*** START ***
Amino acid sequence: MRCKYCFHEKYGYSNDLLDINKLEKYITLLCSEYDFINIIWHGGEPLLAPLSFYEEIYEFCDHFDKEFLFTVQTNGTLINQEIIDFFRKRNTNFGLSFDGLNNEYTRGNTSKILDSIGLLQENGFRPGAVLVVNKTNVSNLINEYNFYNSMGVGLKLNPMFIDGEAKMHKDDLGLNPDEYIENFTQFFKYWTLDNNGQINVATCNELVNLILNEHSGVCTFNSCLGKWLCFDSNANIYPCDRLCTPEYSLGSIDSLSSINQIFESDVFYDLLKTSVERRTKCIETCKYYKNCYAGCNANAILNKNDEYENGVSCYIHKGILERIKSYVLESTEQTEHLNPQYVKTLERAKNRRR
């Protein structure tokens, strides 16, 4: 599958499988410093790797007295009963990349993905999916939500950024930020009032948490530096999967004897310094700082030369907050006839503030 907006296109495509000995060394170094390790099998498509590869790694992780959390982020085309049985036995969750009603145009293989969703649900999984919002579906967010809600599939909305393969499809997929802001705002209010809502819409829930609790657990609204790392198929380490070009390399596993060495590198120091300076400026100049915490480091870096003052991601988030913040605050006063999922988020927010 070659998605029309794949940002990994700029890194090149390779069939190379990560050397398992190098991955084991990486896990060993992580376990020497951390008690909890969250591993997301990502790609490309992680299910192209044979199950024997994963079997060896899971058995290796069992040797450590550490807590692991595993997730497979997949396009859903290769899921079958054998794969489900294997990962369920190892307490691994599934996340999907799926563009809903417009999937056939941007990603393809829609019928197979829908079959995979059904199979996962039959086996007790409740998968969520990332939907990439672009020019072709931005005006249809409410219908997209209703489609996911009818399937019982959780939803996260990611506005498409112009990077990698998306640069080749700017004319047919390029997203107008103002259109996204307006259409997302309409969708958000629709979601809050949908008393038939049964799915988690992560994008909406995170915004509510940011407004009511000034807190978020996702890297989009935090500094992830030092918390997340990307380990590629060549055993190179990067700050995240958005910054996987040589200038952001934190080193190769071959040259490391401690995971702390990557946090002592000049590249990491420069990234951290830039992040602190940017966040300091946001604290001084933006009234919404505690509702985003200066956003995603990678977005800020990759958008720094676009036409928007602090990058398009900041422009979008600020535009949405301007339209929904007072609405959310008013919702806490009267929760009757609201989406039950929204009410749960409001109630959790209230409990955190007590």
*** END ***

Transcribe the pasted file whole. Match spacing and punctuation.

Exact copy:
Amino acid sequence: MRCKYCFHEKYGYSNDLLDINKLEKYITLLCSEYDFINIIWHGGEPLLAPLSFYEEIYEFCDHFDKEFLFTVQTNGTLINQEIIDFFRKRNTNFGLSFDGLNNEYTRGNTSKILDSIGLLQENGFRPGAVLVVNKTNVSNLINEYNFYNSMGVGLKLNPMFIDGEAKMHKDDLGLNPDEYIENFTQFFKYWTLDNNGQINVATCNELVNLILNEHSGVCTFNSCLGKWLCFDSNANIYPCDRLCTPEYSLGSIDSLSSINQIFESDVFYDLLKTSVERRTKCIETCKYYKNCYAGCNANAILNKNDEYENGVSCYIHKGILERIKSYVLESTEQTEHLNPQYVKTLERAKNRRR
């Protein structure tokens, strides 16, 4: 599958499988410093790797007295009963990349993905999916939500950024930020009032948490530096999967004897310094700082030369907050006839503030 907006296109495509000995060394170094390790099998498509590869790694992780959390982020085309049985036995969750009603145009293989969703649900999984919002579906967010809600599939909305393969499809997929802001705002209010809502819409829930609790657990609204790392198929380490070009390399596993060495590198120091300076400026100049915490480091870096003052991601988030913040605050006063999922988020927010 070659998605029309794949940002990994700029890194090149390779069939190379990560050397398992190098991955084991990486896990060993992580376990020497951390008690909890969250591993997301990502790609490309992680299910192209044979199950024997994963079997060896899971058995290796069992040797450590550490807590692991595993997730497979997949396009859903290769899921079958054998794969489900294997990962369920190892307490691994599934996340999907799926563009809903417009999937056939941007990603393809829609019928197979829908079959995979059904199979996962039959086996007790409740998968969520990332939907990439672009020019072709931005005006249809409410219908997209209703489609996911009818399937019982959780939803996260990611506005498409112009990077990698998306640069080749700017004319047919390029997203107008103002259109996204307006259409997302309409969708958000629709979601809050949908008393038939049964799915988690992560994008909406995170915004509510940011407004009511000034807190978020996702890297989009935090500094992830030092918390997340990307380990590629060549055993190179990067700050995240958005910054996987040589200038952001934190080193190769071959040259490391401690995971702390990557946090002592000049590249990491420069990234951290830039992040602190940017966040300091946001604290001084933006009234919404505690509702985003200066956003995603990678977005800020990759958008720094676009036409928007602090990058398009900041422009979008600020535009949405301007339209929904007072609405959310008013919702806490009267929760009757609201989406039950929204009410749960409001109630959790209230409990955190007590």